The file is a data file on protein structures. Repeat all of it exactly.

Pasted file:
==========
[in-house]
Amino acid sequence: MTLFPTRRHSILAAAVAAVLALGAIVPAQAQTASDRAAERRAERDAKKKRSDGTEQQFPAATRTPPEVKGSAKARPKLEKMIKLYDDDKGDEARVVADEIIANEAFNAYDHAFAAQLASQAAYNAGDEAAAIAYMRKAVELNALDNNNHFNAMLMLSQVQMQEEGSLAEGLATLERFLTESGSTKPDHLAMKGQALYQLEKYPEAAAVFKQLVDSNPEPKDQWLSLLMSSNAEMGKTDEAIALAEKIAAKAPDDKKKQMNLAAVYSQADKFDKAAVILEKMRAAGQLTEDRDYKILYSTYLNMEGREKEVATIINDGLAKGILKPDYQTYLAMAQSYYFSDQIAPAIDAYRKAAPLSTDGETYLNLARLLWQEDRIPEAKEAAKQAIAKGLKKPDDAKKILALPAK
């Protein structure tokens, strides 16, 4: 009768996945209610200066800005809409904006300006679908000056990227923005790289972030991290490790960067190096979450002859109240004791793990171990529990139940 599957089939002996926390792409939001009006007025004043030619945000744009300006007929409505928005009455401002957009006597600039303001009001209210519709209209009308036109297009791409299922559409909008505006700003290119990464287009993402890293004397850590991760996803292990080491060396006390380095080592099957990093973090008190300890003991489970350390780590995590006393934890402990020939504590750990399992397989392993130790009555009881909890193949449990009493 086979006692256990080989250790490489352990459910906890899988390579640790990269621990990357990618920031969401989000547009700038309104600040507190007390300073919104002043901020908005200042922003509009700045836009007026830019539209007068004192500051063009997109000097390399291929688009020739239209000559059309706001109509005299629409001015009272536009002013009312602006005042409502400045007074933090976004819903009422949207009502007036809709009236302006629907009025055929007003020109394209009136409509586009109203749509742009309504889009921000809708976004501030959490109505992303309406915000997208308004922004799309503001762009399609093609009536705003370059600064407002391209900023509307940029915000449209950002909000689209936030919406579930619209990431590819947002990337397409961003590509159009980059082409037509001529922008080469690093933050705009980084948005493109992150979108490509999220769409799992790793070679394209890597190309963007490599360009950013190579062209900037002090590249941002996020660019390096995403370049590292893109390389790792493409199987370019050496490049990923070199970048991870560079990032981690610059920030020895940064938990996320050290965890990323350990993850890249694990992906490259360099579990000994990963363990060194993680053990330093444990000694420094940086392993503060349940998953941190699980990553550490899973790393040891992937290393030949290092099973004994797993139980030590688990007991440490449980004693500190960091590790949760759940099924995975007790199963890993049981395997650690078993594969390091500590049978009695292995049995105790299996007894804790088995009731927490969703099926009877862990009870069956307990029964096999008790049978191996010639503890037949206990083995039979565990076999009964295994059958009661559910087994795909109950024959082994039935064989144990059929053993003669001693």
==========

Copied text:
[in-house]
Amino acid sequence: MTLFPTRRHSILAAAVAAVLALGAIVPAQAQTASDRAAERRAERDAKKKRSDGTEQQFPAATRTPPEVKGSAKARPKLEKMIKLYDDDKGDEARVVADEIIANEAFNAYDHAFAAQLASQAAYNAGDEAAAIAYMRKAVELNALDNNNHFNAMLMLSQVQMQEEGSLAEGLATLERFLTESGSTKPDHLAMKGQALYQLEKYPEAAAVFKQLVDSNPEPKDQWLSLLMSSNAEMGKTDEAIALAEKIAAKAPDDKKKQMNLAAVYSQADKFDKAAVILEKMRAAGQLTEDRDYKILYSTYLNMEGREKEVATIINDGLAKGILKPDYQTYLAMAQSYYFSDQIAPAIDAYRKAAPLSTDGETYLNLARLLWQEDRIPEAKEAAKQAIAKGLKKPDDAKKILALPAK
């Protein structure tokens, strides 16, 4: 009768996945209610200066800005809409904006300006679908000056990227923005790289972030991290490790960067190096979450002859109240004791793990171990529990139940 599957089939002996926390792409939001009006007025004043030619945000744009300006007929409505928005009455401002957009006597600039303001009001209210519709209209009308036109297009791409299922559409909008505006700003290119990464287009993402890293004397850590991760996803292990080491060396006390380095080592099957990093973090008190300890003991489970350390780590995590006393934890402990020939504590750990399992397989392993130790009555009881909890193949449990009493 086979006692256990080989250790490489352990459910906890899988390579640790990269621990990357990618920031969401989000547009700038309104600040507190007390300073919104002043901020908005200042922003509009700045836009007026830019539209007068004192500051063009997109000097390399291929688009020739239209000559059309706001109509005299629409001015009272536009002013009312602006005042409502400045007074933090976004819903009422949207009502007036809709009236302006629907009025055929007003020109394209009136409509586009109203749509742009309504889009921000809708976004501030959490109505992303309406915000997208308004922004799309503001762009399609093609009536705003370059600064407002391209900023509307940029915000449209950002909000689209936030919406579930619209990431590819947002990337397409961003590509159009980059082409037509001529922008080469690093933050705009980084948005493109992150979108490509999220769409799992790793070679394209890597190309963007490599360009950013190579062209900037002090590249941002996020660019390096995403370049590292893109390389790792493409199987370019050496490049990923070199970048991870560079990032981690610059920030020895940064938990996320050290965890990323350990993850890249694990992906490259360099579990000994990963363990060194993680053990330093444990000694420094940086392993503060349940998953941190699980990553550490899973790393040891992937290393030949290092099973004994797993139980030590688990007991440490449980004693500190960091590790949760759940099924995975007790199963890993049981395997650690078993594969390091500590049978009695292995049995105790299996007894804790088995009731927490969703099926009877862990009870069956307990029964096999008790049978191996010639503890037949206990083995039979565990076999009964295994059958009661559910087994795909109950024959082994039935064989144990059929053993003669001693």